While nearly all our customers are moving to cloud-based systems architectures, that transition can be a complex, multiyear journey. For now, most networks are hybrid, on-prem plus cloud, and will be for a long time. In order to seamlessly operate these hybrid networks, customers need consistent features across all their devices and services. We are enabling this by delivering IOS-XE on physical switches & routers, and as virtual instances in the cloud.
6. Support for Existing Networks
It’s one thing to design a networking system using all modern concepts and systems. But the real world isn’t a green field of open racks and empty conduit. We need our systems to work in our customers’ existing “brown field” installations. Businesses generally upgrade infrastructure gradually, piece by piece. Older networking components have to co-exist with the new. “Rip and replace” isn’t a workable implementation tactic.
That is why, although we built Cisco DNA Center and all our new Catalyst 9000-series hardware to be programmable using new, well-defined APIs and new interaction capabilities, we also control and gather data from older products, using traditional CLI (Command Line Interface), SNMP (Simple Network Management Protocol), and other legacy control schemes. Cisco DNA Center presents the network operator – and network applications – with a unified modern interface for all network equipment, and it chooses the best way to connect to the equipment to carry out the operator’s intent.
Similarly, to support the installed base of equipment on existing networks, we are also enabling SD-WAN and vManage on older ISR platforms, so customers can introduce SD-WAN into their current deployments.
Today’s networks are made up of multiple operational domains (for example: campus, data center, and security), that are tightly linked. Today’s customers need more than interconnected domains. To support business needs, they need security and access policy that spans domains, and they need the agility to support new needs as they arise, with complete end-to-end visibility.
The need for tight integration, despite the differences in the domains, is one of the biggest drivers for moving to a controller-based, fully abstracted architecture.
I’ve long believed that Cisco is uniquely positioned to create this holistic and end-to-end system, and to help businesses create these networks for their own uses. No matter which domain these critical transformation projects starts at, eventually they will need to end up in the same place: With a true multi-domain, any-to-any network controller architecture.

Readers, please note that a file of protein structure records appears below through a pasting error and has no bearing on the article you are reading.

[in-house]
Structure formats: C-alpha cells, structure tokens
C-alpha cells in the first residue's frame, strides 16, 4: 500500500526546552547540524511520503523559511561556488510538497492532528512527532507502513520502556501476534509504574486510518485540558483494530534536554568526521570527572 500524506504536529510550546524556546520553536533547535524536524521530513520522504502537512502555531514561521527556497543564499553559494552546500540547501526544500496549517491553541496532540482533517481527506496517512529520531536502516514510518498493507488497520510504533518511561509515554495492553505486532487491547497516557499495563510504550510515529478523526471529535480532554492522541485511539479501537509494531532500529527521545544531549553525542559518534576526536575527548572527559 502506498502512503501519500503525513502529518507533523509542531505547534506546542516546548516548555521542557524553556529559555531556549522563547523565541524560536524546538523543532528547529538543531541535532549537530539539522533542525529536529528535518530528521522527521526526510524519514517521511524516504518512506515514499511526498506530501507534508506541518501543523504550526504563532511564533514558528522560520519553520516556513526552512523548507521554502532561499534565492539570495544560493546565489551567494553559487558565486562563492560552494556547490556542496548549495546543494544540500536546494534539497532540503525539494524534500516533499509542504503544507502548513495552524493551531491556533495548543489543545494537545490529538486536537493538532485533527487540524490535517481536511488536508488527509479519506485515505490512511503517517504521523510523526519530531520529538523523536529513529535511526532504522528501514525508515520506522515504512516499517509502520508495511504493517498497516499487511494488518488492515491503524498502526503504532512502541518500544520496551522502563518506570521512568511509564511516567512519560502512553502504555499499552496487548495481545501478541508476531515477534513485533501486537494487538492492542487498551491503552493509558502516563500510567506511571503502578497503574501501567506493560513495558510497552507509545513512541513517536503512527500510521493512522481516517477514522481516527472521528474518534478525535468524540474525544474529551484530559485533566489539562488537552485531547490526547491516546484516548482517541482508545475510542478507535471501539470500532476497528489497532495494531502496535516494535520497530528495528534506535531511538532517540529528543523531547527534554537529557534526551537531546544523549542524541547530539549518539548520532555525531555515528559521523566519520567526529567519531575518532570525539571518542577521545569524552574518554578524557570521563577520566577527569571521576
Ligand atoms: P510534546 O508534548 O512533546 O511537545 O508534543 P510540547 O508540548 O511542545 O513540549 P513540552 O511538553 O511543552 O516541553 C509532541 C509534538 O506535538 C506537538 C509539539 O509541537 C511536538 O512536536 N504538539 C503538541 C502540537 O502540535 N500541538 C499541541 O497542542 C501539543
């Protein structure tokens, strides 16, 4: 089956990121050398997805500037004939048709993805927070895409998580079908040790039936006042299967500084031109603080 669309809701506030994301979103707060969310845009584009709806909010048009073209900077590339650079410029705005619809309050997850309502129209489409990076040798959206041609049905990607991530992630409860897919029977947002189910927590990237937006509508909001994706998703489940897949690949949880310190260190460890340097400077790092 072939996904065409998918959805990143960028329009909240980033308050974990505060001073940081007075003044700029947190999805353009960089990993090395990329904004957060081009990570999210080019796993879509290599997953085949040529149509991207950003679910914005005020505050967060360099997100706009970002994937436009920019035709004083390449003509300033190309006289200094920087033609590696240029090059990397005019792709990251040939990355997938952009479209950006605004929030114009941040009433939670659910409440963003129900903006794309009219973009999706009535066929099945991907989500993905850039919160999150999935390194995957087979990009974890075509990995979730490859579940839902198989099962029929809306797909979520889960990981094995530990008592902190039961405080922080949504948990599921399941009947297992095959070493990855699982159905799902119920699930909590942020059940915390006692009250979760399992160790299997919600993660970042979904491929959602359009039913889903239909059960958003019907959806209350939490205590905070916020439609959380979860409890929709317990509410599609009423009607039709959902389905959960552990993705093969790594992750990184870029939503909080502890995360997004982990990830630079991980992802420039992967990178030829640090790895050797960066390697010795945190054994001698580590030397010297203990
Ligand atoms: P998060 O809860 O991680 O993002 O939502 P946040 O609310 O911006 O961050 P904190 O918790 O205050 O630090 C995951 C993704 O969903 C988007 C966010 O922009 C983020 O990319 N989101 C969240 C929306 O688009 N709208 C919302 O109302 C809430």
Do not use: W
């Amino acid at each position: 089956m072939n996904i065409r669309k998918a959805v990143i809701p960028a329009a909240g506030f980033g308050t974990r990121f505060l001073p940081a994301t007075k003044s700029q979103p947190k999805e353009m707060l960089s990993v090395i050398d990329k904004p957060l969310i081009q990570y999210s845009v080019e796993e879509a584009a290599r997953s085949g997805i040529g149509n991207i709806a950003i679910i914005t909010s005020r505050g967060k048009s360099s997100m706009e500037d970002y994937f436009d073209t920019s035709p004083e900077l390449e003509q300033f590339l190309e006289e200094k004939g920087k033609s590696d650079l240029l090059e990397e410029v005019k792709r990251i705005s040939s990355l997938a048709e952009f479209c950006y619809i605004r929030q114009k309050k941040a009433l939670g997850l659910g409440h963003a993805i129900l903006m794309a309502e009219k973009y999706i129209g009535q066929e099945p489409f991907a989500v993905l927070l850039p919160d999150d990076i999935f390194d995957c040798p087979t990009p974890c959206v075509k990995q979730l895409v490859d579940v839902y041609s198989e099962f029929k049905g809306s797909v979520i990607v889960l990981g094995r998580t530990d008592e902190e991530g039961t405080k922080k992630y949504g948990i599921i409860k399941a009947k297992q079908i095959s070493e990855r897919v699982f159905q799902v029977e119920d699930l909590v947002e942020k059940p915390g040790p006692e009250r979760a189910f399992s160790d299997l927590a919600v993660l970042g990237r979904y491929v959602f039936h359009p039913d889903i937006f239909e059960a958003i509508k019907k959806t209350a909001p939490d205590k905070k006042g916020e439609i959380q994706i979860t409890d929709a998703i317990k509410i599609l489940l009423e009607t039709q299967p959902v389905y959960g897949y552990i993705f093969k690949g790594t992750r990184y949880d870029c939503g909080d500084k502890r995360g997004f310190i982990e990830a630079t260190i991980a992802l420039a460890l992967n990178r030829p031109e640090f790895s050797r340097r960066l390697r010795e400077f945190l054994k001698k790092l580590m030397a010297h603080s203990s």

The Goal: Closing the Loop and Supporting Business Transformation
Business today requires infrastructure that responds to technical issues immediately and automatically – in machine time, not human time.
Our intent-based networking systems are designed to close the loop from intent, to activation, to continuous verification (Assurance) – quickly addressing deviation from the original intent.
Intelligence can enter the loop from several sources, including people and systems outside of Cisco: Our network controllers learn from their environment, providing intelligence to developers and partners, so they can add value in the feedback loop – for example, with smarter service desk tool, or automated troubleshooting systems.
The network systems can also be a part of larger business feedback loops. When the entire network is sensing its environment, that data can feed into systems that serve other purposes. For example, we can use the location intelligence our networks gather about the devices they serve, to inform business processes in a way that has simply not been possible before.
The ultimate challenge for this technology, though, is human. To run controller-based, programmable, intent-based networks, and to use the intelligence these networks generate for real transformation, our IT teams need new skills.
That’s why training and certification programs are part of our journey to intent-based networking. Education has always been in our DNA – we’ve been certifying technical personnel since 1993. We recently added new programs for app developers, too, recognizing the role these skills will play in the future of network management.
No matter how much we automate and simplify the management of networks, there will always be new opportunities to improve how a network works, to increase its efficiency, and to use it to help a business succeed. Our customers know where they need to take their technology. We’re going to help them get there.